Gift Will Save Lives Worldwide

Jae Jung, PhD, left, a renowned authority on virology and virus-induced cancers, leads the Sheikha Fatima bint Mubarak Global Center for Pathogen and Human Health Research. Timothy Chan, MD, PhD, right, a pioneer in precision immuno-oncology, is the inaugural holder of the Sheikha Fatima bint Mubarak Endowed Chair. | Photos: Shawn Green (Dr. Jung) and Stephen Travarca (Dr. Chan)


The United Arab Emirates has made A TRANSFORMATIONAL GIFT TO CLEVELAND CLINIC IN THE NAME OF H.H. SHEIKHA FATIMA BINT MUBARAK to accelerate research in cancer and pathogens. The gift also will enable partners and trainees from the UAE to work and learn alongside leading Cleveland Clinic researchers. 

“We are deeply grateful to United Arab Emirates for this extraordinary gift, which enables us to grow our research infrastructure and make discoveries that will lead to lifesaving new treatments and vaccines for patients around the world,” says Serpil Erzurum, MD, Cleveland Clinic’s Chief Research and Academic Officer. 

In honor of the gift, the Global Center for Pathogen and Human Health Research will be named the Sheikha Fatima bint Mubarak Global Center for Pathogen and Human Health Research. It anchors the Cleveland Innovation District, future home of the new Sheikha Fatima bint Mubarak Global Pathogen Research Center. 

Additionally, the gift provides support for pathogen research at the Cleveland Clinic Florida Research and Innovation Center (FRIC).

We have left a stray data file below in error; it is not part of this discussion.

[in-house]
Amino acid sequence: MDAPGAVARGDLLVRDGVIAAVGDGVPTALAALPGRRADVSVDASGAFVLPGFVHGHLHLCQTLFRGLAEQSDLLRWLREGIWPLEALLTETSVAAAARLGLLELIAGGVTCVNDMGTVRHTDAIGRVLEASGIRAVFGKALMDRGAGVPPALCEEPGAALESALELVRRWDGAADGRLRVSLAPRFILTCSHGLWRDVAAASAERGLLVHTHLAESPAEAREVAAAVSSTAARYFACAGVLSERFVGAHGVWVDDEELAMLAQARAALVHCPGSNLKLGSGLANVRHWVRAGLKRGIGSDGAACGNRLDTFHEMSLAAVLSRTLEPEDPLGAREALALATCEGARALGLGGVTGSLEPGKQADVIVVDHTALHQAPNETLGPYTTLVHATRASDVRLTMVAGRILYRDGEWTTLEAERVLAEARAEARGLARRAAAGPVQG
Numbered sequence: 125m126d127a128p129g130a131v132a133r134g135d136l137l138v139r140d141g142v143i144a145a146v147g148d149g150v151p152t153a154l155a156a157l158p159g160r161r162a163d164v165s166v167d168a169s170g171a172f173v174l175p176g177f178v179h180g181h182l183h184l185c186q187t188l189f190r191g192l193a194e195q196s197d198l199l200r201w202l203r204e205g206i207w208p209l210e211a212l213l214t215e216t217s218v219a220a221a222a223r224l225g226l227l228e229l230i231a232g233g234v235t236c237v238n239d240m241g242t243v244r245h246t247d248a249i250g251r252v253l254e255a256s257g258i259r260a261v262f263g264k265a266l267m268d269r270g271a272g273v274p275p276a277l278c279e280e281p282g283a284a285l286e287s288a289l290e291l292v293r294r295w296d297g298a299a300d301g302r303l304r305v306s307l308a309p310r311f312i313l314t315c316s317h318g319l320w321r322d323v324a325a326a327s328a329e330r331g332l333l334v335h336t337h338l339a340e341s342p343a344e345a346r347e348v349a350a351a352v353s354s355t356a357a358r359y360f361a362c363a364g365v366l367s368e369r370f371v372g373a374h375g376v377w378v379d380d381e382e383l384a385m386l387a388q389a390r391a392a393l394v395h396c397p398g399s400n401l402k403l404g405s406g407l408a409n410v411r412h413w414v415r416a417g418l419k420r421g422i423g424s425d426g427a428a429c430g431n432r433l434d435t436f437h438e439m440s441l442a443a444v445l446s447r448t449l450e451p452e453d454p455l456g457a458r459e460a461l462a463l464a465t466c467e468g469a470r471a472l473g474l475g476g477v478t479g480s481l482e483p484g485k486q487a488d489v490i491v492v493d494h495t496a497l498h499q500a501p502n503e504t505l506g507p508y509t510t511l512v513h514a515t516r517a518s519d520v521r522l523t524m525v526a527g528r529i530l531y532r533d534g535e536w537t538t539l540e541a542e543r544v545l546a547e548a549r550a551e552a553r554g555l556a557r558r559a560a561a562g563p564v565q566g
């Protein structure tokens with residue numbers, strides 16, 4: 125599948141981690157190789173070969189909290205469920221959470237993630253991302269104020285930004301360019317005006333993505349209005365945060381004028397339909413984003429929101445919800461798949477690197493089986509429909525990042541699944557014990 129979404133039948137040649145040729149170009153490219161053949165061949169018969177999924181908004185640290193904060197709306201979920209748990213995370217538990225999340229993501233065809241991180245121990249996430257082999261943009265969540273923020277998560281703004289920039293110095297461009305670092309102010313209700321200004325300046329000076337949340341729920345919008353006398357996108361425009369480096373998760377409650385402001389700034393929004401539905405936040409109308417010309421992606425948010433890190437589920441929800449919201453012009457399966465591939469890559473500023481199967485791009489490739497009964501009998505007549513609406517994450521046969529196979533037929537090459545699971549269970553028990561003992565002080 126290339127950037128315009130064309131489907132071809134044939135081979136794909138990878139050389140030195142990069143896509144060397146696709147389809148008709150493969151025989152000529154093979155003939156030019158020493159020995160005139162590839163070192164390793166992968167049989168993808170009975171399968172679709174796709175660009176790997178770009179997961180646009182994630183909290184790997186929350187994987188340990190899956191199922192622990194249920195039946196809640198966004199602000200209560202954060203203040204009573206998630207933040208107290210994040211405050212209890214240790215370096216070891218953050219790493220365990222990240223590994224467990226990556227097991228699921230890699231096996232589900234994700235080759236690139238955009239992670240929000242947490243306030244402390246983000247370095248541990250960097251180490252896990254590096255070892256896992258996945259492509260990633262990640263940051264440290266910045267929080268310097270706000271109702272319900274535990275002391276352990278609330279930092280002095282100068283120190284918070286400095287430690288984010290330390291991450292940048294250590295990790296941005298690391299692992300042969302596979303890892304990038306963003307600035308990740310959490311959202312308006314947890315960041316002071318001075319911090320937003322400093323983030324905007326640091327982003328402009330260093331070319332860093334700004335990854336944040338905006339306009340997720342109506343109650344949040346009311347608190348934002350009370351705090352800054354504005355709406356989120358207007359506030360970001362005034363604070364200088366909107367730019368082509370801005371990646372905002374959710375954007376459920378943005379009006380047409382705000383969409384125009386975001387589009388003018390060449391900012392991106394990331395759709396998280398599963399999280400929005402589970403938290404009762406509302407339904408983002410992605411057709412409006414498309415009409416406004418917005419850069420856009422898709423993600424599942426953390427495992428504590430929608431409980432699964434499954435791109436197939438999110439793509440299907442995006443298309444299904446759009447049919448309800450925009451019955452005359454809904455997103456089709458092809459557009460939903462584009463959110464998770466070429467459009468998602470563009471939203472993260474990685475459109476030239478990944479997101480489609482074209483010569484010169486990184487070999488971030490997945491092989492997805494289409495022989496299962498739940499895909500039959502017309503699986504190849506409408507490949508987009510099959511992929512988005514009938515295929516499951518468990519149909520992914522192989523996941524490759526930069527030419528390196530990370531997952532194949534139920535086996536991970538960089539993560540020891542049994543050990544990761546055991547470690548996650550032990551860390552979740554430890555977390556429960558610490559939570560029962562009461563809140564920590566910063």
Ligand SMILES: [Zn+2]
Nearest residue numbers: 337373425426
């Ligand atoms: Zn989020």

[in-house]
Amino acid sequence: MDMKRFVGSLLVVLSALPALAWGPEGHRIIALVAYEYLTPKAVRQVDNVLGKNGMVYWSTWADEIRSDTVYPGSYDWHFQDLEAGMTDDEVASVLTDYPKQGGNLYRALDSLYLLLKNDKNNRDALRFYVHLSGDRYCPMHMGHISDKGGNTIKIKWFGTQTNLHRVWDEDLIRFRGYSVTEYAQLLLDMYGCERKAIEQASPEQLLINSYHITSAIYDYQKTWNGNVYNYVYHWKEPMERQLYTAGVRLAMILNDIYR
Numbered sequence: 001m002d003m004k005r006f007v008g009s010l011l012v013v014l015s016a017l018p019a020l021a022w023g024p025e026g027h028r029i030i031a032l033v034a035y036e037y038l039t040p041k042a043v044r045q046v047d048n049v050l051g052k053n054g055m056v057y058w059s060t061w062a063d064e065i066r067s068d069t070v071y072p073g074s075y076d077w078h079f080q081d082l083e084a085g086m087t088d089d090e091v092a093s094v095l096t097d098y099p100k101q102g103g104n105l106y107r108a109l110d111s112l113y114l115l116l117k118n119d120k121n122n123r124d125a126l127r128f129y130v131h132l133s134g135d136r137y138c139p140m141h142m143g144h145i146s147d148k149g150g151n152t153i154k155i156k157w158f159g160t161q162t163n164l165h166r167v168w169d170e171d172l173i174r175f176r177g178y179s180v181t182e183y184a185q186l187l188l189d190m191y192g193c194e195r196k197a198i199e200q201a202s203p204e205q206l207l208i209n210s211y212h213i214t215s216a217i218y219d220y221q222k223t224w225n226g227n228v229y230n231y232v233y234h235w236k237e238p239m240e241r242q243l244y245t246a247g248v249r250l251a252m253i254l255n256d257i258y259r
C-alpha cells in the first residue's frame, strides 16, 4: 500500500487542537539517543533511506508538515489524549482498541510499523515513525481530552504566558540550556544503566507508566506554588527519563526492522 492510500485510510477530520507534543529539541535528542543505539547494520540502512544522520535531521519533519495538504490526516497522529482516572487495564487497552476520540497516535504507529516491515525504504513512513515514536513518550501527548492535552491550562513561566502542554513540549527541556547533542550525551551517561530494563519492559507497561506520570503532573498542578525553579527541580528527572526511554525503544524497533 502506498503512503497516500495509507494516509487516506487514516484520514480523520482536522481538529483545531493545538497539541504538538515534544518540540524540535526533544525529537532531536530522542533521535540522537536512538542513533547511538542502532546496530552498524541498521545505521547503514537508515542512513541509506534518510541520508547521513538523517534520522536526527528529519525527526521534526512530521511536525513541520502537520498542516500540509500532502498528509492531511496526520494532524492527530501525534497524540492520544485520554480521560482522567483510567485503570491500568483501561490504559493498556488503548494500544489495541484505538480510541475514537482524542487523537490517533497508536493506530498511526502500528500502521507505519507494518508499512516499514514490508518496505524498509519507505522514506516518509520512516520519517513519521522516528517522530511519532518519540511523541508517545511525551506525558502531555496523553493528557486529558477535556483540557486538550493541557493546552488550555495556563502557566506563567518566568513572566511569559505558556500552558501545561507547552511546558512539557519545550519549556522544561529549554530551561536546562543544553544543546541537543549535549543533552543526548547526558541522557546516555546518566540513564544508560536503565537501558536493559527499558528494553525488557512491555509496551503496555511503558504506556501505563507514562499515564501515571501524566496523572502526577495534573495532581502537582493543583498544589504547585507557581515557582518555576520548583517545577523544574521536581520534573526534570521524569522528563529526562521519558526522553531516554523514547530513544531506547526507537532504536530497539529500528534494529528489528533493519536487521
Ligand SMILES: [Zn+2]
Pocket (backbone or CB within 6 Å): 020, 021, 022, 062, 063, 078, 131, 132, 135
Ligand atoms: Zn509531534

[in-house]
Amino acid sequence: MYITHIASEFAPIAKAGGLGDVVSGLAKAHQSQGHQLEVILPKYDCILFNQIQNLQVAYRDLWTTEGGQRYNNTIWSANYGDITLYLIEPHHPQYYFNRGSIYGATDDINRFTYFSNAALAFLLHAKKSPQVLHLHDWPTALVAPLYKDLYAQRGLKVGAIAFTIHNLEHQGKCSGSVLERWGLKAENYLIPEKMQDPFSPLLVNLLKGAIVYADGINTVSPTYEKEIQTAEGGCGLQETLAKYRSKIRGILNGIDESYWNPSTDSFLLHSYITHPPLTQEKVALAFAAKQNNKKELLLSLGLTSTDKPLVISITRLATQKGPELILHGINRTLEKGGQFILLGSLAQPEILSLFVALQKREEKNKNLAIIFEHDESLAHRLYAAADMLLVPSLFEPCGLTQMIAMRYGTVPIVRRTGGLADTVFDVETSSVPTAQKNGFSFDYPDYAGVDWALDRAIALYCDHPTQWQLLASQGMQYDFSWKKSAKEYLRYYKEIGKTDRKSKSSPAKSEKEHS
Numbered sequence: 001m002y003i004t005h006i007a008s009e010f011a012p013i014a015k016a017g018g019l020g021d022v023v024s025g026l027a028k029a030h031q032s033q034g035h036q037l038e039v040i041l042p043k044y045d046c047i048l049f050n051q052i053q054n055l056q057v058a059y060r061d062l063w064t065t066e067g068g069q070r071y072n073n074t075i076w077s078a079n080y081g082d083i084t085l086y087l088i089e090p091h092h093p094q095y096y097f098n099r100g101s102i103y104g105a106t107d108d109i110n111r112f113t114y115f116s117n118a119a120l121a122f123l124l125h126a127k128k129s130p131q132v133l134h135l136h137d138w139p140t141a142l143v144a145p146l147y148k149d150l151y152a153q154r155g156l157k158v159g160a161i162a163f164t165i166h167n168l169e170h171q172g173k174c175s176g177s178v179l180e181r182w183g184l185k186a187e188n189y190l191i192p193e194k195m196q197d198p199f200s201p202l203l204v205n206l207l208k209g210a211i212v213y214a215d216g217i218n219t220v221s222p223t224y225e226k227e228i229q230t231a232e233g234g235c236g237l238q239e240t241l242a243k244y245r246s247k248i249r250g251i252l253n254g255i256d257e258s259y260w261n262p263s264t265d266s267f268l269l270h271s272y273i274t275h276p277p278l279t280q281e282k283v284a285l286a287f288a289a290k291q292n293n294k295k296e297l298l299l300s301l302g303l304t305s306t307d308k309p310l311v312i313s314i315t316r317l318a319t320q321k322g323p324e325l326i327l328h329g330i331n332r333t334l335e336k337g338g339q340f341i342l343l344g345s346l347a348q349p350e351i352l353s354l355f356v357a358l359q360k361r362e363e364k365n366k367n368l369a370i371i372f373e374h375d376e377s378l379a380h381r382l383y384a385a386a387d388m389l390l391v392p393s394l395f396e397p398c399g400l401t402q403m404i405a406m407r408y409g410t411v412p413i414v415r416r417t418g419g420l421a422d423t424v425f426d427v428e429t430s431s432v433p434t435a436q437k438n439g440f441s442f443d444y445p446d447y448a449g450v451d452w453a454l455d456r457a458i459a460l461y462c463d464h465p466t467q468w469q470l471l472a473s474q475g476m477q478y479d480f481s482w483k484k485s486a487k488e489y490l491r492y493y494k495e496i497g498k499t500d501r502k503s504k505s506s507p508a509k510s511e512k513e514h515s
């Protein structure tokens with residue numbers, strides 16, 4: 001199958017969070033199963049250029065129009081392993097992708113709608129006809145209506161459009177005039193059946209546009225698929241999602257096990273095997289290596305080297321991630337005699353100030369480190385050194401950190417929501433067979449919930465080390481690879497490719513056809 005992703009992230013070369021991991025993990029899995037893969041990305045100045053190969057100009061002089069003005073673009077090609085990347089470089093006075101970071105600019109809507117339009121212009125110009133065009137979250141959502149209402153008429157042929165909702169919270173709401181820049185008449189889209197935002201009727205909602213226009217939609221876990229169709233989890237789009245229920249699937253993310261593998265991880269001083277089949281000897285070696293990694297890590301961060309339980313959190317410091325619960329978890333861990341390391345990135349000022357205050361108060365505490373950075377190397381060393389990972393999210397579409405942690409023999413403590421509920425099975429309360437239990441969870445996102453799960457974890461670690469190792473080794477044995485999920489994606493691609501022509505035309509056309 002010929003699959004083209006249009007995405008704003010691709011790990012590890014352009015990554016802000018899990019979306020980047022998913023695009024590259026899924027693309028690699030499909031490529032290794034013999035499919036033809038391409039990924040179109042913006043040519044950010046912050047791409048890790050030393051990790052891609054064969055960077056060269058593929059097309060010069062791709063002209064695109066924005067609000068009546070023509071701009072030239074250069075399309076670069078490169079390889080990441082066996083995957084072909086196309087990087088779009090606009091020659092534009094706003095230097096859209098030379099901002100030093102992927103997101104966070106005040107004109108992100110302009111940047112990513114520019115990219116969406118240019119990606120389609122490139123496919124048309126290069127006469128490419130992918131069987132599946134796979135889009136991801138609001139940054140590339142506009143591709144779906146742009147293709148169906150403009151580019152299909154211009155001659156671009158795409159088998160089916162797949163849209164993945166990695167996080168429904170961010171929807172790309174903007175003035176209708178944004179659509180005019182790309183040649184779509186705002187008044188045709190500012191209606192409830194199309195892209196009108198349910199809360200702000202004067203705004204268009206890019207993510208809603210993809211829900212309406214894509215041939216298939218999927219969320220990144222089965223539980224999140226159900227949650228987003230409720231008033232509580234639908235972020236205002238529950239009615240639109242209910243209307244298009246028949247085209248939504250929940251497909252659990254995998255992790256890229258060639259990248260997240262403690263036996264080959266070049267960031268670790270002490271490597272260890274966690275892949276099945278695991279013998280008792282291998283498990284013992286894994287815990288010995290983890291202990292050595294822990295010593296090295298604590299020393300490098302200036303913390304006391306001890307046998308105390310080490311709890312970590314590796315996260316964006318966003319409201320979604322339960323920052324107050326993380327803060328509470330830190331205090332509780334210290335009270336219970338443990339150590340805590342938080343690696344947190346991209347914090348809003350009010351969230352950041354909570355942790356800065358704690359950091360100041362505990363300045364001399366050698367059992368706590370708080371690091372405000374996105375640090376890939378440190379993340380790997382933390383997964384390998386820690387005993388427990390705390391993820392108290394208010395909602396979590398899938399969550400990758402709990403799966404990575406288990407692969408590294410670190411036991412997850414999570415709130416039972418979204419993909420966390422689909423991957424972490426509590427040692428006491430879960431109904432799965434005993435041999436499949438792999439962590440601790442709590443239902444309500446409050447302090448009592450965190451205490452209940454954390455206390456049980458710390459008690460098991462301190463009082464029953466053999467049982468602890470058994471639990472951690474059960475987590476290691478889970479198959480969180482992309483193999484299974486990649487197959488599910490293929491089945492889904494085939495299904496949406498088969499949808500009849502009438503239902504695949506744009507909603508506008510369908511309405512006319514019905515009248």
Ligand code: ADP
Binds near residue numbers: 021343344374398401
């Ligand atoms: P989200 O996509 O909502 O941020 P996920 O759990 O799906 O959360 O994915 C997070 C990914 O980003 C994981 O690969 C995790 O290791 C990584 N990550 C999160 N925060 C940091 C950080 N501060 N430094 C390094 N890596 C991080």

The gift also establishes the Sheikha Fatima bint Mubarak Endowed Chair to support the Global Center for Immunotherapy & Precision Immuno-Oncology, which is advancing research and treatment in the rapidly growing field of cancer immunotherapy. Director Timothy Chan, MD, PhD, a pioneer in precision immuno-oncology, is the inaugural chair holder. 

Headshot of man outside wearing blue suit jacket with green tie and white shirt

Robert Lorenz, MD | Photo: Marty Carrick


Ready to Lead in London

ROBERT LORENZ, MD, has been appointed President of Cleveland Clinic London, effective June 1. 

Over the course of a career that spans more than 20 years with Cleveland Clinic, Dr. Lorenz has served in a variety of roles, including head and neck surgeon, innovator and educator. He also was Chief Medical Officer of Cleveland Clinic Abu Dhabi. More recently, he led efforts to document the complexity of Cleveland Clinic’s care and oversaw clinical aspects of the health system’s government and commercial contracts. 

“The team at Cleveland Clinic London has established an outstanding reputation,” Dr. Lorenz says. “I am excited to join the team and continue [its] focus on high-quality care while leading accelerated growth.” 

Black woman in hospital gown and cap with oxygen tube

Danielle Lee is a participant in the clinical trial for patients with sickle cell disease. “We deserve to live life to the fullest,” she says. | Photo: Lisa Dejong


Taking Aim at Sickle Cell Disease

Preliminary data from a clinical trial aimed at discovering A CURE FOR SICKLE CELL DISEASE yielded positive results.  Cleveland Clinic is part of the multicenter study to evaluate the safety and effectiveness of a single dose of EDIT-301. This gene-editing cell therapy modifies a patient’s own blood-forming stem cells to correct the mutation responsible for sickle cell disease.  Few approved therapies are currently available for sickle cell disease, a genetic blood disorder that can be painful and debilitating. It most commonly affects Black and Latino people.  Two of the first four patients in the trial are participating through Cleveland Clinic Children’s. Data showed new white blood cells and normal hemoglobin levels in all patients following therapy, with no severe adverse effects. They also were free of the pain attacks associated with sickle cell disease.  “New treatments like this are critical for people who have sickle cell disease,” says Rabi Hanna, MD, principal investigator at Cleveland Clinic Children’s.